I used Al shot (about the size of a BB [3-4mm dia]) rather than powdered Al that I suspect that others may have tried, and the Ga-reacted Al shot provided a reactive material that was added through the reflux condenser a piece at a time, to control the speed of reaction.

I tested it against a number of unsaturated alkenes. I was pleasantly surprised that it worked so well. BTW, I am looking to test your Cu-mediated approach sometime in the future to compare results with the Ga approach that I used.
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pepsimax
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[*] posted on 20-7-2014 at 01:36


I can't seem to get the gallium to react properly. An alloy made with a few bits of aluminum and gallium bubbles in water but in this ratio it does nothing. I combined 750mg Ga with 500mg Al, it formed a dense liquid, some parts quite powdery. This was dropped in 15ml dH20, 20ml GAA, 15ml EtOH with 500mg nitrostyrene in a 100ml conical flask. No reaction occurred after 15 mins. This was heated to 65c, again no reaction. Before writing it off, I dropped 100mg copper chloride in there. Instantly it started bubbling so I began rapidly swirling the flask. The colour of the solution quickly faded from yellow to clear then grey, dark grey and when the Al had gone it was a dark grey/red colour.

This was worked up in the usual way to give 380mg of PEA, which seems to be my best result from copper or Ga. Not sure if the Ga helped or what.
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TheCopperMan
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[*] posted on 21-7-2014 at 07:46


I take it your Ga is very pure. Usually with recycled Ga combined with Al it will react pretty fast once it touches the liquid, however with fresh Ga it would sometimes refuse to react at all. However if the heat is turned up to reflux for 2-3hrs, despite no bubbling or no seemingly activity, there would be a color change and once worked up it still produced a decent yield. So even if it seems like nothing happening, there still might be something going on. However this kind of behavior was as said only experienced with very pure, fresh Ga, once it was recycled it would become much more reactive.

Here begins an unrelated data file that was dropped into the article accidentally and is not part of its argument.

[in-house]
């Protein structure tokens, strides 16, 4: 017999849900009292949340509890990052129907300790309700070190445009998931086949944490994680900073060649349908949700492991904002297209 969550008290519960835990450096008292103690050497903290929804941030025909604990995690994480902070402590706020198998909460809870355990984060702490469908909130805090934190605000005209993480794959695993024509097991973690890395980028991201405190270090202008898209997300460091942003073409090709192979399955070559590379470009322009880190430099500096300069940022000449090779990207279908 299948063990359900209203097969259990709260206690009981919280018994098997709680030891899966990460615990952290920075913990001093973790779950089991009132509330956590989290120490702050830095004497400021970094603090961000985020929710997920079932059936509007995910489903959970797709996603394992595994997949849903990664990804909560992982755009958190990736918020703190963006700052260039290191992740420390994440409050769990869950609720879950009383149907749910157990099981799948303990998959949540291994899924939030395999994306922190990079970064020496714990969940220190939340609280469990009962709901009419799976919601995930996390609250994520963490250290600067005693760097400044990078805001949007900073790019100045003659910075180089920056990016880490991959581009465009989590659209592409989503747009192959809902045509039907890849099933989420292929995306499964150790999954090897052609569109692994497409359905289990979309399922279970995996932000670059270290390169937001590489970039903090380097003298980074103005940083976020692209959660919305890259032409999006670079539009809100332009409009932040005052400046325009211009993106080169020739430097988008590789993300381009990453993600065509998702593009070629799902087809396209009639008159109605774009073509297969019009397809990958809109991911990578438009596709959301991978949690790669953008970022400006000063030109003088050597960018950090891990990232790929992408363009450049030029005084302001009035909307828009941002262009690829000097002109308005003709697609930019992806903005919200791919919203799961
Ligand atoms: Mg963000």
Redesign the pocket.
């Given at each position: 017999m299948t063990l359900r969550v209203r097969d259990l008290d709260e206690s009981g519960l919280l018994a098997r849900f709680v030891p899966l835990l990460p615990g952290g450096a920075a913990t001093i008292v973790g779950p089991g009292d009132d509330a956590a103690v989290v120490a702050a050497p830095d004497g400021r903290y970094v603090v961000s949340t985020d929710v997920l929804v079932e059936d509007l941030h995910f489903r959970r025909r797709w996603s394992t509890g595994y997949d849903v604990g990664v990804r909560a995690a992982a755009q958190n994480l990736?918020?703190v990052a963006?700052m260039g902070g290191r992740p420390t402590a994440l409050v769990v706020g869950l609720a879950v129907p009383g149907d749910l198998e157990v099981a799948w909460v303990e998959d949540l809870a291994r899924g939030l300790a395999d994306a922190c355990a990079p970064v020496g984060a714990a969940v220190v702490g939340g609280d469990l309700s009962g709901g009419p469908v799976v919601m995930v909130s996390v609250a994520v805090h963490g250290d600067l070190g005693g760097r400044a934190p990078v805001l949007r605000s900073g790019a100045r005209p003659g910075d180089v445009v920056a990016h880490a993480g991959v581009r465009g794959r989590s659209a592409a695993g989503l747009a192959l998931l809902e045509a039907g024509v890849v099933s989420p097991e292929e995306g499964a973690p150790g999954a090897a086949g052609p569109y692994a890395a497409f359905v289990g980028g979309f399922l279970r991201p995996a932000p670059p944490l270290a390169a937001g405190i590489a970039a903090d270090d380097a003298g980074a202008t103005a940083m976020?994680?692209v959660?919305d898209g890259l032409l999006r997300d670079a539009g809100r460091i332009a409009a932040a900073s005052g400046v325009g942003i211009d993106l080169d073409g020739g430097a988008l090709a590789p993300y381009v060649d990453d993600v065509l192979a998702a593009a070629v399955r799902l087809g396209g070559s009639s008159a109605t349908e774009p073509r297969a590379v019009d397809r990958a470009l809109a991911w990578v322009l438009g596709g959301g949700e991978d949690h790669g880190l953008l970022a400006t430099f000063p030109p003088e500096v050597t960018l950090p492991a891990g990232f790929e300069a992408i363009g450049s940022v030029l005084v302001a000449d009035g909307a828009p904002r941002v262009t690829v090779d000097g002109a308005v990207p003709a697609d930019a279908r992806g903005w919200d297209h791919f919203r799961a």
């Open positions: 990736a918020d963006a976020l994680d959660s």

Adding copper was an interesting twist though. Not sure if the copper or Ga did the work, perhaps you could retry once with only Al and copper.
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pepsimax
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[*] posted on 21-7-2014 at 17:28


Ah interesting, thanks! The Ga was sold as 99.999% though I usually take that with a pinch of salt. I ran the above again and it proceeded in the same way.

From the looks of things it seems that the gallium and copper help compliment each other. The "galluminium" sinks and breaks up so the Al is in the solution at all times. The copper chloride attacks it preventing any sludge building up and slowing the reaction. Though this could be wishful thinking!

Ga alone gave no product but I didn't try the 3h reflux, copper gave product but lots of strange side products which varied each time. The same nitrostyrene gave a pure and good result with the combo. Run out of gallium now but it would be interesting to see if anyone else reported the same :)
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TheCopperMan
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[*] posted on 21-7-2014 at 21:28


Generally Ga alone should give the same results you are seeing, assuming your amalgam actually shows a reaction once it touches the liquid. (even if it doesnt a 2-3hrs reflux should do and give the same yields). To make the amalgam more reactive one can for example use recycled Ga which is a bit more impure and allows easier access to the Al inside, or you can also use less Ga per Al. Like Burner who used 1/10 the amnt with Al shot.

As for the copper, it seems to be less clean than Ga indeed and side products were observed but they were always consistent and they seemed pretty insignificant. Of course nothing like NMR or gcms is available...what were yields for copper?

[Edited on 22-7-2014 by TheCopperMan]